Sepia Saturday 491: A recap of the series on the 1866 divorce of my third great-grandparents — what the court records reveal.
The surprise discovery that a my paternal third great-grandparents Zebulon and Hannah (Hance) Blakeslee were divorced in Pennsylvania in 1866 led me on a quest for the records of their divorce case.
After a Genealogy Road Trip to the Susquehanna County seat in Montrose, Penna., I worked with courthouse staff to locate and obtain copies of my ancestors’ divorce papers — research that was well worth the effort!
The court records gave surprising details about my third great-grandparents’ separation and eventual divorce, and also raised new questions about why Hannah left Zebulon in 1858 — to be explored in future posts.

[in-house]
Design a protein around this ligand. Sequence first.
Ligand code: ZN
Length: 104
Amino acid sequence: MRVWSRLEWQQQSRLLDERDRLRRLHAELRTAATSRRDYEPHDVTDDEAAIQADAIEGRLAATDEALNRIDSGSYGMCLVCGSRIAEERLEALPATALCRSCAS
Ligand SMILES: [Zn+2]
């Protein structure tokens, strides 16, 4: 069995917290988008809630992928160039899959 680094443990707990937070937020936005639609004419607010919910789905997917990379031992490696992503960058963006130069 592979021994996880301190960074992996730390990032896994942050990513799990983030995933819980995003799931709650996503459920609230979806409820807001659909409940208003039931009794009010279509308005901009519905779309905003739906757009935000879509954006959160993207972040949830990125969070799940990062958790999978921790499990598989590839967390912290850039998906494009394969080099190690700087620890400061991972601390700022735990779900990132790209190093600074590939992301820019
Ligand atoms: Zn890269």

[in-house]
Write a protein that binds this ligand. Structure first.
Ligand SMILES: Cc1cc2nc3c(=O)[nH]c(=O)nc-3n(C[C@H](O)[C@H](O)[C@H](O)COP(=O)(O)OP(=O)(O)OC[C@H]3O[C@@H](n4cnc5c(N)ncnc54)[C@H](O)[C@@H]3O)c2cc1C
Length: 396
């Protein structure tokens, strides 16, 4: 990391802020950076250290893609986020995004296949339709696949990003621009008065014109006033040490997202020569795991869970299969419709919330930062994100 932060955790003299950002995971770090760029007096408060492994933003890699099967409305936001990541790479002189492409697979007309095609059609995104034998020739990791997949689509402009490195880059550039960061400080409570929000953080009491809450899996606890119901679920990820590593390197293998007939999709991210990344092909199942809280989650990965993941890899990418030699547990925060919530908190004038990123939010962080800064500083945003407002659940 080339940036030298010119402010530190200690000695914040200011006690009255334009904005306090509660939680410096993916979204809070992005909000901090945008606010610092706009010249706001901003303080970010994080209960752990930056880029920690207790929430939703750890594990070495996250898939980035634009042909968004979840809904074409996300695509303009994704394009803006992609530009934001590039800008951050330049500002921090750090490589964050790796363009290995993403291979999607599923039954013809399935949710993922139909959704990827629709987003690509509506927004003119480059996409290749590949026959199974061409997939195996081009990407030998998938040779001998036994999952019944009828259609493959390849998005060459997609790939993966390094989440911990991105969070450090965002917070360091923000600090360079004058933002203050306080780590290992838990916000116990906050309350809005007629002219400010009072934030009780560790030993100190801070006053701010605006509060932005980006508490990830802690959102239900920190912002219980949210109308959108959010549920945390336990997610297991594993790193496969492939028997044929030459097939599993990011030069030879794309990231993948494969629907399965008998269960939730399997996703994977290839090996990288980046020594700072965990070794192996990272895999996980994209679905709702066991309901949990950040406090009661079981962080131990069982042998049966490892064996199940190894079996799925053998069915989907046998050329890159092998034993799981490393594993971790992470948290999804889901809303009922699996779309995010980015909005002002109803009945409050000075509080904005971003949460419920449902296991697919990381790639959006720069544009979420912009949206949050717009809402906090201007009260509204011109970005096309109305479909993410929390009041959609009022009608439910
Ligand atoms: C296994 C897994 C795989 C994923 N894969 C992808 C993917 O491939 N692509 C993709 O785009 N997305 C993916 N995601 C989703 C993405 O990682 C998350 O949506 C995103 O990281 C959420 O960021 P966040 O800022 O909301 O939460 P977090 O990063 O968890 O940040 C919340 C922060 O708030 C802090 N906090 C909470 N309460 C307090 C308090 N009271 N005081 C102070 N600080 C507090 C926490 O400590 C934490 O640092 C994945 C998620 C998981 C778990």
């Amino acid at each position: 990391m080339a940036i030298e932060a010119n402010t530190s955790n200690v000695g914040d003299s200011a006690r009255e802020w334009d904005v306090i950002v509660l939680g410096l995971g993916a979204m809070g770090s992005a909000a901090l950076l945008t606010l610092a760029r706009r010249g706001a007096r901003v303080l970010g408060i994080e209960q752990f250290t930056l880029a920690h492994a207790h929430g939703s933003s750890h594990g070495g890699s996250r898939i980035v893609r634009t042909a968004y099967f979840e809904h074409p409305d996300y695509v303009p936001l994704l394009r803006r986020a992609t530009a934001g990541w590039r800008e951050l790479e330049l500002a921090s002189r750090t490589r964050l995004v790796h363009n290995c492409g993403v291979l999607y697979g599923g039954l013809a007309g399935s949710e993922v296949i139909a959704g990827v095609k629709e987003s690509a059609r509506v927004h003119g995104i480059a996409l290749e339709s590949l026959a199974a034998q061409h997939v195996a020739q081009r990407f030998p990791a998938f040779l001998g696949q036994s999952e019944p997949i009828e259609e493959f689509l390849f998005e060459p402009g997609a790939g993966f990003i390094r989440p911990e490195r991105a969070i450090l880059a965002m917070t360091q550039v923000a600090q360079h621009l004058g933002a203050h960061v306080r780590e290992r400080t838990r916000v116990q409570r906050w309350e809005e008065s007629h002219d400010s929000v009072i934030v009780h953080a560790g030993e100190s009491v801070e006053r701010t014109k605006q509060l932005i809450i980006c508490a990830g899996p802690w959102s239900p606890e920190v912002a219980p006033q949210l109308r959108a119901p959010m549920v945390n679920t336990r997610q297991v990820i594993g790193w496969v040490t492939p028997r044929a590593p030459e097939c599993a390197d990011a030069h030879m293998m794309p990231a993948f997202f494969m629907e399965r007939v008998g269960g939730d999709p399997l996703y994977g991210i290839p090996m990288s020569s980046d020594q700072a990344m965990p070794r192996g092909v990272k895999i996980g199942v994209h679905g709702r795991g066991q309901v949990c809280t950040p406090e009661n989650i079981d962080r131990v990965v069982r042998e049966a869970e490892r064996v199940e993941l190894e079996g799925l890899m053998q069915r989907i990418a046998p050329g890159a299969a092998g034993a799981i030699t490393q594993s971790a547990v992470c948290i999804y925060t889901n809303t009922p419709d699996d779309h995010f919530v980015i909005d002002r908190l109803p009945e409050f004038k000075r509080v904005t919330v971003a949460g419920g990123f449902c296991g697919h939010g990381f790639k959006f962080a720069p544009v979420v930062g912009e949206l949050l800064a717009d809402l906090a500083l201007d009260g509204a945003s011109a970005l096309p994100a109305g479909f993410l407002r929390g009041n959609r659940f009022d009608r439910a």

For now, here’s a recap of what the court records revealed about my Blakeslee ancestors’ nineteenth century divorce.
Divorce law, petition and subpoenas
- 1800s: My Blakeslee ancestors and Pennsylvania divorce laws
- 1865: Zebulon Blakeslee petitions for divorce
- 1866: Hannah (Hance) Blakeslee’s divorce subpoenas
Depositions and new questions
- 1866: The intriguing divorce deposition of James E. Whitney
- 1865: Where in the world was Hannah (Hance) Blakeslee?
- 1866: The illuminating divorce deposition of Jehiel W. Snow
- 1866: The disappointing divorce petition of Cordelia Snow
One mystery remains…
Many thanks to the readers of Molly’s Canopy for following along throughout this Blakeslee series and the previous one, and posting insightful comments.
If you are new to Molly’s Canopy, you may also want to check out the prequel to the Blakeslees’ divorce proceedings in The Odd 1860 Separation of Zebulon and Hannah (Hance) Blakeslee.
One mystery remains: Why did Hannah (Hance) Blakeslee leave her marriage in 1858, never to return? Some thoughts on this in the next post. Meanwhile, please visit the blogs of this week’s other Sepia Saturday participants here.
© 2019 Molly Charboneau. All rights reserved.